**Problem : **

Calculate the pressure of a Fermi gas in its ground state.

Remember that *p* = - .
We recall that *U*_{gs} = *N*. Now we need only to
calculate the derviative. Don't forget that is a function
of the volume. The simplified result is:

**Problem : **

Check that the energy of the ground state of a Fermi gas is correct by calculating the chemical potential from it.

Recall that *μ* = .
We take the appropriate derivative, remembering that is a
function of *N*, and find that *μ* = . This shouldn't surprise
us; we defined the Fermi energy to be exactly the chemical potential at a
temperature of zero, which is the approximate requirement for the ground
state to be occupied.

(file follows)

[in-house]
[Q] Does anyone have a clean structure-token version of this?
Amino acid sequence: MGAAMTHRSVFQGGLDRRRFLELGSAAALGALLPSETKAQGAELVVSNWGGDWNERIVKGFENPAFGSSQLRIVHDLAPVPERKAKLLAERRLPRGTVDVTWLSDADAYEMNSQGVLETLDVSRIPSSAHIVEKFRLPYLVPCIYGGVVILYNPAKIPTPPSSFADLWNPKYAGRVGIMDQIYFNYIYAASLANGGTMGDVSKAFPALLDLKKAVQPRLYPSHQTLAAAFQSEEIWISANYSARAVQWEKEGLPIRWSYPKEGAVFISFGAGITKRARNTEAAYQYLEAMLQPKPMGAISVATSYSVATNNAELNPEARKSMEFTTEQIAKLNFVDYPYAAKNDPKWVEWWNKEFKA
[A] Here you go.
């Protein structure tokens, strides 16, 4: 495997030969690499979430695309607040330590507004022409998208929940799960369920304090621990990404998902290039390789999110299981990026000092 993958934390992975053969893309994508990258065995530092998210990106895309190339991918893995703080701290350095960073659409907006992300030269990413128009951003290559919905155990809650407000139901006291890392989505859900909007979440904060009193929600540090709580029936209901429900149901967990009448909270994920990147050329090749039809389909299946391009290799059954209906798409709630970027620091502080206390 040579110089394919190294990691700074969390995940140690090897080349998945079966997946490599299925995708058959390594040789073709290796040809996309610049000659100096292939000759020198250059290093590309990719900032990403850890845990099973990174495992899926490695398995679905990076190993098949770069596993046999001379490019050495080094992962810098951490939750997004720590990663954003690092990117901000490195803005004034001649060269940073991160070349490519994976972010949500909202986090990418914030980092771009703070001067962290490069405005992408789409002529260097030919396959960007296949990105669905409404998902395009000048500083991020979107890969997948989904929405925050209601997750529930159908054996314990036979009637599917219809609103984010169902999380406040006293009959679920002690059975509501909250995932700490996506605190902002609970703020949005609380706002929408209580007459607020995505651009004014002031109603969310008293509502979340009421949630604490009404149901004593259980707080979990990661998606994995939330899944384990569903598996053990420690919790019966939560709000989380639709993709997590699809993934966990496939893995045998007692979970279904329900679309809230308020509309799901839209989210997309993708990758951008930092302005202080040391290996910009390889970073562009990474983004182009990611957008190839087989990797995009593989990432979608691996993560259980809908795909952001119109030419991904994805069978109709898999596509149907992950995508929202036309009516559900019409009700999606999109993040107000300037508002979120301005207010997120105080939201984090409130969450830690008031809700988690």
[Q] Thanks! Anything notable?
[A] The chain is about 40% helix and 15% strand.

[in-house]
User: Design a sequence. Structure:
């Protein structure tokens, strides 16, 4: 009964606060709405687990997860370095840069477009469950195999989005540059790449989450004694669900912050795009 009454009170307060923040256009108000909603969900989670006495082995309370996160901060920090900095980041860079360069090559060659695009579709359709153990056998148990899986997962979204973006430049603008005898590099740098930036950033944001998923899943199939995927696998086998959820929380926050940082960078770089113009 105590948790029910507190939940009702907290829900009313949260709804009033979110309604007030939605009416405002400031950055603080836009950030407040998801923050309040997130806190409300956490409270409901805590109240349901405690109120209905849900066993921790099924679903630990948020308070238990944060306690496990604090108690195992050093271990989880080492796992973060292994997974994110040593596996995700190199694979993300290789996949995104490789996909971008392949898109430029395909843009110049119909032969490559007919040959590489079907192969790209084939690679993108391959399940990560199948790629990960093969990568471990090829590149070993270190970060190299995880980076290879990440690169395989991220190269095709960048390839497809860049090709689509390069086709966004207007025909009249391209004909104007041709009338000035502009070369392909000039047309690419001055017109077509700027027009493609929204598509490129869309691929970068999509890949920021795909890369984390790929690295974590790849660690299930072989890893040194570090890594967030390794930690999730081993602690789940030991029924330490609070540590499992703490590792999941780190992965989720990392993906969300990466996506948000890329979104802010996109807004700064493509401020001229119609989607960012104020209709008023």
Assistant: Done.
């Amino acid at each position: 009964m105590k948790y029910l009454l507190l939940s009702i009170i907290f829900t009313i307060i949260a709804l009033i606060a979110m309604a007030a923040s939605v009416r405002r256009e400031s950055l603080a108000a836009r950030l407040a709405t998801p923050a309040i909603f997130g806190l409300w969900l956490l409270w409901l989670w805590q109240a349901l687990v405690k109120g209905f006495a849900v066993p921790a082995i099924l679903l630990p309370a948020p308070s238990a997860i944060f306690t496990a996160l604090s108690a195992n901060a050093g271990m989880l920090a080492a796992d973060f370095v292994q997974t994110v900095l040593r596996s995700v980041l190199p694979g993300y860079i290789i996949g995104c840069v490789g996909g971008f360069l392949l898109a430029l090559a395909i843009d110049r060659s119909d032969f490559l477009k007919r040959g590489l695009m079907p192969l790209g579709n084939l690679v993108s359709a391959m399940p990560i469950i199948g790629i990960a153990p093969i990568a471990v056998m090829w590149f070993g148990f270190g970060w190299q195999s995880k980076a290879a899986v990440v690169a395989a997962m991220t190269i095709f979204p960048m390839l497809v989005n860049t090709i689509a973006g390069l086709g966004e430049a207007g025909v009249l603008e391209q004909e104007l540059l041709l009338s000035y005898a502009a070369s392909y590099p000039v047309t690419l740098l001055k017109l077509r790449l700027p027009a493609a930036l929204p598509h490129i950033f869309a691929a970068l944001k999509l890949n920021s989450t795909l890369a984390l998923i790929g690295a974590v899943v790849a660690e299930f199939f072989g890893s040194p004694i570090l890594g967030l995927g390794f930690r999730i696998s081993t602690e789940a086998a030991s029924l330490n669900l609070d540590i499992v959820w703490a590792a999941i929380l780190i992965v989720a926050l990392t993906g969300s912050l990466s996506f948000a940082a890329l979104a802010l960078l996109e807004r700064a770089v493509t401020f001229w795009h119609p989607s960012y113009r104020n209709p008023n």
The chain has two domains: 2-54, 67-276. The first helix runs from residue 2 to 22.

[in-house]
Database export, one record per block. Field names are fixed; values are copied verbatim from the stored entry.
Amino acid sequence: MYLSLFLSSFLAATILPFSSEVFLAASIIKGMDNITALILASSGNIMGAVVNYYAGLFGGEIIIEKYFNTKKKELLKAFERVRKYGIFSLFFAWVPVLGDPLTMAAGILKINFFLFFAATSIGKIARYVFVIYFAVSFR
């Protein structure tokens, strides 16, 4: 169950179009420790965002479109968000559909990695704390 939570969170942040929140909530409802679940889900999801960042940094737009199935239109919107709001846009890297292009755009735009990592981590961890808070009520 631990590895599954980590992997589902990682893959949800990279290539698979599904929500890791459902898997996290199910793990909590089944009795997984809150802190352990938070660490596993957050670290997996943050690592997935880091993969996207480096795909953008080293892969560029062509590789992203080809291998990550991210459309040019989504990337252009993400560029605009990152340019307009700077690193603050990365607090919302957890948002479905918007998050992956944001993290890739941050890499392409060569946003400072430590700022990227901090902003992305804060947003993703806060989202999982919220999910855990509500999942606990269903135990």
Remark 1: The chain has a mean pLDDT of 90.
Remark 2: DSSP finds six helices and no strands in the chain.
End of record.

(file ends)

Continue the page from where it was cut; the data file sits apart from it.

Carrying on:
**Problem : **

A long series of calculations can be used to derive the entropy of the
Fermi gas, and the result is *σ* = *Π*^{2}*N*. From this, calculate the heat capacity at constant
volume.

Remember that *C*_{V} = *τ*.
The algebra is simple, and yields *C*_{V} = *Π*^{2}*N*.

**Problem : **

It turns out that the energy of a Bose gas is given by: *U* = *Aτ*^{} where *A* is a constant that depends only on the volume. From this,
calculate the heat capacity at constant volume.

Using the equation *C*_{V} = ,
which comes from the more primitive definition of the heat capacity via the
thermodynamic identity, we find *C*_{V} = .

**Problem : **

Using the knowledge that the entropy goes to zero as the temperature goes to zero, calculate the entropy from the heat capacity.

Remember that *C*_{V} = *τ*. We
solve for *σ*, performing the integration from 0 to *τ*, and
setting the arbitrary constant equal to 0 in order that the conditions
at *τ* = 0 are met, and get: *σ* = .

Take a Study Break!